This is what I hear: She was fired. Some talk about her negotiations with Disney as if she's leaving us for them voluntarily. I am assured, however, that her possible gig directing another bloated Broadway spectacle (Hunchback, perhaps?) is merely a well-timed piece of luck. I'm talking about Sharon Ott, by the way, Seattle Rep's departing artistic director. Not that anybody cares. Or do you?

I'm surprised by the public silence surrounding Ms. Ott's mysterious departure--if Bill Clinton taught us anything, it's that dissimulation and dodging turn embarrassing back-page truths into front-page controversy. The Rep's party line is that she's leaving of her own free will for reasons she and the board refuse to enumerate. Meanwhile, the gripevine buzzes with speculation. Nobody I know disputes the f-word in private--even reporters at other newspapers (who spoke off the record, of course) said they thought she'd been canned. So why aren't they, you know, reporting that? It could be laziness. It could be politeness. Worse, it could be professionalism.

"Responsible journalists don't print rumors and innuendos," opined Misha Berson of the Seattle Times. "So far neither Sharon Ott nor members of the Seattle Rep's board of directors--the only people who really know what happened--have agreed to speak on the record about why she isn't staying." (Through a Rep spokesperson, Ott and board members refused to comment for this story.)

Ergo, it is my duty as an irresponsible journalist to crack the oyster that hoards the precious pearl of Rep politics. Surely the possible dismissal of the head of Seattle City Light or the Seahawks would get a proper degree of investigative attention. Our arts chieftains deserve no less.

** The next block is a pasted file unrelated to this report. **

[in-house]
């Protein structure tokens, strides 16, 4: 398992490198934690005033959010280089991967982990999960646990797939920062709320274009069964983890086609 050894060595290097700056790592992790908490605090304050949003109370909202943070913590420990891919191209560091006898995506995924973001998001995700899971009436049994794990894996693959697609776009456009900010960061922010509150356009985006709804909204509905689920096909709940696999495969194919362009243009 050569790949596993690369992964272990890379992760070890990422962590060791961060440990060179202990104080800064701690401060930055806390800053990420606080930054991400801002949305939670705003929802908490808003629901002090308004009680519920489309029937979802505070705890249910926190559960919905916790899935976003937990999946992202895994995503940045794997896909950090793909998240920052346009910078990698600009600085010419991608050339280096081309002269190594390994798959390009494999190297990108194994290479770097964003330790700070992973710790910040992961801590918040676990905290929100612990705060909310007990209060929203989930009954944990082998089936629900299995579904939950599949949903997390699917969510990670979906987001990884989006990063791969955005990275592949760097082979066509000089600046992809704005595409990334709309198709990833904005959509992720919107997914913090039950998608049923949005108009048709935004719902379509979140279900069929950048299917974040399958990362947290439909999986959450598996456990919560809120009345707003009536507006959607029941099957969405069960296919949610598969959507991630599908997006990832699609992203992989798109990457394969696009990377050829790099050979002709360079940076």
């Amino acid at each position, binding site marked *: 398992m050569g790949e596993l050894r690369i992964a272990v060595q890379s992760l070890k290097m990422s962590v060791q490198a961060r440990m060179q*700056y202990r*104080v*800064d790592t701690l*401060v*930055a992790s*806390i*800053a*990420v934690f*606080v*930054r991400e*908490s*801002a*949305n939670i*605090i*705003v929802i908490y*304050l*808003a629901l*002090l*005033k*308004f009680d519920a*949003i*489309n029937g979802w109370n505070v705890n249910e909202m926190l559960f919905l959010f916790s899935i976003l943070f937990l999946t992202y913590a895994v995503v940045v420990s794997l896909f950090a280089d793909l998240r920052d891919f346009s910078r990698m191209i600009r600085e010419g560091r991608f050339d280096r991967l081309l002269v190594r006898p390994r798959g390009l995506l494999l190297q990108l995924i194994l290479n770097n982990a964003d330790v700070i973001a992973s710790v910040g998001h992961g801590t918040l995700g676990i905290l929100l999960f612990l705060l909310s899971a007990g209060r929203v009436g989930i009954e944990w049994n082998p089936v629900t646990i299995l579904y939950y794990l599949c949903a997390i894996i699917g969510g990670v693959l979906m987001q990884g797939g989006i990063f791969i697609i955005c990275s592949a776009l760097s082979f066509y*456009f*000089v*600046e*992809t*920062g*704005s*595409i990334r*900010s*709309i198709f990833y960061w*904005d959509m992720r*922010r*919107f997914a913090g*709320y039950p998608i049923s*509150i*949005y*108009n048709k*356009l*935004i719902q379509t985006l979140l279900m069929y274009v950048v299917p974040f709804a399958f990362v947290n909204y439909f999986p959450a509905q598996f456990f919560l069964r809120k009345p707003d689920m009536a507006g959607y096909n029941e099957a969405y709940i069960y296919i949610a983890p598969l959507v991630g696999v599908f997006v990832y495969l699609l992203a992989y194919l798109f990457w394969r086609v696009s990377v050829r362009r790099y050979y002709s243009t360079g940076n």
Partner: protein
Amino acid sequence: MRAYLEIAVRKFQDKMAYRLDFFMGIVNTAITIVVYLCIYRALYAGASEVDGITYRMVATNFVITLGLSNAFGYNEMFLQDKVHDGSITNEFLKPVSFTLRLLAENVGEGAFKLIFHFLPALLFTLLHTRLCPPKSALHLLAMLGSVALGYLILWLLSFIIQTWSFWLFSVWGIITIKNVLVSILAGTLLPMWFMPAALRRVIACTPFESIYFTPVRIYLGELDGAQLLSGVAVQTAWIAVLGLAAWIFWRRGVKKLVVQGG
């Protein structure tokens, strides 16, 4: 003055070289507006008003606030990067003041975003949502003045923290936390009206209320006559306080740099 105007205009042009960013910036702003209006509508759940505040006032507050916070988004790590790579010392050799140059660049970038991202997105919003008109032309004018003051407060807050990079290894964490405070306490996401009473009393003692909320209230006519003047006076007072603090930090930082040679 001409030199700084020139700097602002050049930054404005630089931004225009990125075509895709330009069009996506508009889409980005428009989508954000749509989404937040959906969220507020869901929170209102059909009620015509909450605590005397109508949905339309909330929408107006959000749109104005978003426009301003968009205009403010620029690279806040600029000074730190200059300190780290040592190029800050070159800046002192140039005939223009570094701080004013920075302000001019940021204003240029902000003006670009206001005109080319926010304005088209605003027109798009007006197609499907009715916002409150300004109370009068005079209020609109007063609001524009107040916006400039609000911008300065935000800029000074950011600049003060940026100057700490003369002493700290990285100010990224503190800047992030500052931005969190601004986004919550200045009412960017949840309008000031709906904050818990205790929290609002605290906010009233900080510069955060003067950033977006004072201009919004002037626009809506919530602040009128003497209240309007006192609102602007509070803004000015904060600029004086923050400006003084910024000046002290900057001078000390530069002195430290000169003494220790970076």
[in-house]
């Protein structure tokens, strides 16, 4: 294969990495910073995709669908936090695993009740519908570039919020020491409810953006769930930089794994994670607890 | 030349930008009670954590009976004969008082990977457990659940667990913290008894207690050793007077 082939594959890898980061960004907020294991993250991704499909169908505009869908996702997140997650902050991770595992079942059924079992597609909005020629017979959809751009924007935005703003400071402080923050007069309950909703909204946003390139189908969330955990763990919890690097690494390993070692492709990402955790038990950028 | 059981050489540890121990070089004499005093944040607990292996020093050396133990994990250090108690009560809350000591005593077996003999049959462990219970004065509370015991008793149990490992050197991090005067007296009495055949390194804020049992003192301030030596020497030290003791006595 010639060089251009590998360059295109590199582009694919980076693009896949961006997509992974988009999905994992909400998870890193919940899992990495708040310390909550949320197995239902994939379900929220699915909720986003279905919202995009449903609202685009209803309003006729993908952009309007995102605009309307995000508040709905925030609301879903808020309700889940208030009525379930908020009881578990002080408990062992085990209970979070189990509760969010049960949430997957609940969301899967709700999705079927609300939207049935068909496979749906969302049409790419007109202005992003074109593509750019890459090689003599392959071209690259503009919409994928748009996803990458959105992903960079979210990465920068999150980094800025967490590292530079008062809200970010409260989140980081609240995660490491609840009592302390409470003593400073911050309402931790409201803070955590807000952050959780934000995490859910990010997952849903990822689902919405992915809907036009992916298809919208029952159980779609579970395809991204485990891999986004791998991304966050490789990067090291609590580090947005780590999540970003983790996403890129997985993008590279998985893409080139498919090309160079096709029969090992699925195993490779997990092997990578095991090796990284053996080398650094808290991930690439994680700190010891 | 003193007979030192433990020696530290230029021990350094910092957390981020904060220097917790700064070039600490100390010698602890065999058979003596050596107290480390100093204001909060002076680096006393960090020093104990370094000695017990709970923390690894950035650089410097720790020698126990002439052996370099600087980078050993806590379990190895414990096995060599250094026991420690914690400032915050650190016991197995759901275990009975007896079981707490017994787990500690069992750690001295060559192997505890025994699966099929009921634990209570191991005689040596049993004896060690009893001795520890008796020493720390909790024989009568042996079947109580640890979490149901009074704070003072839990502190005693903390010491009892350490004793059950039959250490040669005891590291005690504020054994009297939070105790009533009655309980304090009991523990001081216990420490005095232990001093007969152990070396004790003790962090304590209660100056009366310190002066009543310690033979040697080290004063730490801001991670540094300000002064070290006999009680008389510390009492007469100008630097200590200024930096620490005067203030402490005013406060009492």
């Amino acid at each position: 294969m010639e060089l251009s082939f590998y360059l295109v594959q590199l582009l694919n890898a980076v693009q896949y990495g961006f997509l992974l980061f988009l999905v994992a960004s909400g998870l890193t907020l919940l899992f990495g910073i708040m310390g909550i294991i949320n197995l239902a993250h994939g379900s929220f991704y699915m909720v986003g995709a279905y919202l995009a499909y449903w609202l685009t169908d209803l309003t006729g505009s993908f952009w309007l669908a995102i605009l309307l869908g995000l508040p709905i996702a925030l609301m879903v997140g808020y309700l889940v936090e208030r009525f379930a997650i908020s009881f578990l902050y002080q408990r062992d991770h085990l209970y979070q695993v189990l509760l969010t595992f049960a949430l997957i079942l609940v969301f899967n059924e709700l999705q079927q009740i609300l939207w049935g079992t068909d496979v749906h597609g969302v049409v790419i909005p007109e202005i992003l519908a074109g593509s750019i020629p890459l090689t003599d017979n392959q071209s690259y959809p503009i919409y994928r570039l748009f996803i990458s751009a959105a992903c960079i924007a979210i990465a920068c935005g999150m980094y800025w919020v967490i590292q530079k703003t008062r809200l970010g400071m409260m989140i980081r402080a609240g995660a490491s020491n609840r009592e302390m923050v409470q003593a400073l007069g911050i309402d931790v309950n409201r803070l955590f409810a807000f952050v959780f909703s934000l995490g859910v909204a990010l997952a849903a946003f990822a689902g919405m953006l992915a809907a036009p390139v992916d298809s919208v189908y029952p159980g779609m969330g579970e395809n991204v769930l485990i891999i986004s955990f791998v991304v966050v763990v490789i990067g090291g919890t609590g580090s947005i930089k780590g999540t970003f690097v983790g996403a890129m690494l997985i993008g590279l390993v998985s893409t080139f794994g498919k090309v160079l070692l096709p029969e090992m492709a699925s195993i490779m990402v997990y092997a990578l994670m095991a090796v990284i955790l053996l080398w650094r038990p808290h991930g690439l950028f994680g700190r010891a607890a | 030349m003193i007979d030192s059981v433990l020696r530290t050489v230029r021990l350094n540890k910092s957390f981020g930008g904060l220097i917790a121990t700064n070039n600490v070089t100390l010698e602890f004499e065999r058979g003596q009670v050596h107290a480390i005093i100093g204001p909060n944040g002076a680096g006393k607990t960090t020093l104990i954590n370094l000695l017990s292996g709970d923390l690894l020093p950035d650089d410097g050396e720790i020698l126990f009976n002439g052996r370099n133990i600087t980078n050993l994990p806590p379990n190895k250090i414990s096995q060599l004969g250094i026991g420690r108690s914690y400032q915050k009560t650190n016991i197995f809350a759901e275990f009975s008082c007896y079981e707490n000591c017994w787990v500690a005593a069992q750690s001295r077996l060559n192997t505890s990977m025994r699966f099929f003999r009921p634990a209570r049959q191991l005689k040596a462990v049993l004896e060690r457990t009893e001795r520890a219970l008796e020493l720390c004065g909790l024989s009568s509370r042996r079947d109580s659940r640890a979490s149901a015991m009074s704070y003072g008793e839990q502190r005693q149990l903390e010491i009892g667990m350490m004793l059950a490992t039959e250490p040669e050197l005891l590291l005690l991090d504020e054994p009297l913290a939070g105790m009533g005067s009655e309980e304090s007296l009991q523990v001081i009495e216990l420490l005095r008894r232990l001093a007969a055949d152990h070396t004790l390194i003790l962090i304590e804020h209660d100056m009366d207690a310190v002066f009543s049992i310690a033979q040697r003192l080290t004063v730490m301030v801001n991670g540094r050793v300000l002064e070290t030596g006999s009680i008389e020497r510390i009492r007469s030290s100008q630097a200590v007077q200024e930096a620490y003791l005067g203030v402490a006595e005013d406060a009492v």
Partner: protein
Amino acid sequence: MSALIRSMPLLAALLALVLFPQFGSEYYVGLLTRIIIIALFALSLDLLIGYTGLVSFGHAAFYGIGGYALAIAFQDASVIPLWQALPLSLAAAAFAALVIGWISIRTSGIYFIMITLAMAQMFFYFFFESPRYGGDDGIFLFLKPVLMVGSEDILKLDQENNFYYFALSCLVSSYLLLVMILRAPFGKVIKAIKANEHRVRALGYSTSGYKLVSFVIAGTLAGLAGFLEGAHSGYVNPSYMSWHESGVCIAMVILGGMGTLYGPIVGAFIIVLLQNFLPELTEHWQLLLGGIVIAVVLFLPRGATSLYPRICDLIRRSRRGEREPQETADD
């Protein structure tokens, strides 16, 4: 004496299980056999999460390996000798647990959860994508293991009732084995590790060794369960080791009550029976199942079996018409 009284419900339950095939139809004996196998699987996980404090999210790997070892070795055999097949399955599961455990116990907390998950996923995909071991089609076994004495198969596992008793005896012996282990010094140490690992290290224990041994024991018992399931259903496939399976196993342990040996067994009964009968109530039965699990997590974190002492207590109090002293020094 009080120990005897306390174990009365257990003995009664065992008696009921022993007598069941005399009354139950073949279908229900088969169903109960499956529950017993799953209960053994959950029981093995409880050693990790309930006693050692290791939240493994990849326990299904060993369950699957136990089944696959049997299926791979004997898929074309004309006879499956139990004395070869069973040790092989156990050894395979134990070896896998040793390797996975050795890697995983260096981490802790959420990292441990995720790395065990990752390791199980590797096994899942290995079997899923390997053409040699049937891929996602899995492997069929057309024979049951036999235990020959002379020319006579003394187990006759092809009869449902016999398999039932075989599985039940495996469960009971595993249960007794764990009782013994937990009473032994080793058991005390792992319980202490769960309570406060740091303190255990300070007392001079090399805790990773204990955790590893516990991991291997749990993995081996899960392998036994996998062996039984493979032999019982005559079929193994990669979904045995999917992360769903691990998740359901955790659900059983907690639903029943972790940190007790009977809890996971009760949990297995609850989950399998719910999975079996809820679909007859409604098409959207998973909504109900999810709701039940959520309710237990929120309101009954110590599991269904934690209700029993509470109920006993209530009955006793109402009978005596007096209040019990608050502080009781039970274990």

So what happened? In an April interview with me, Ott complained about her board: "It's a generational thing--some like a certain kind of play, and that play isn't Topdog/Underdog" (her shorthand for good, relevant theater). Reportedly, the board wasn't in love with her, either. As one former employee tells it, a few board members showed up to an Ott-led staff meeting a year ago and witnessed her "famous foot-in-mouth-after-only-five-minutes trick." As time passed, more and more board members showed up at meetings until they were all there and Ott wasn't. Then she resigned--or "resigned."

Who's right, her fans (there are many) or her detractors (ditto)? Was Ott a visionary too tough for her candy-ass board or an artistically tone-deaf blunderbuss? To find out, you'll have to rely on our old friends Innuendo, Opinion, and wretched, lowdown Rumor.

* * *

Confronting gossip face on, On the Boards' departing managing director Diane Ragsdale and Artistic Director Lane Czaplinski flatly deny the rumor that one recently punched the other in a fit of pique. "No, she didn't hit me," Czaplinski laughed. "We're great friends."

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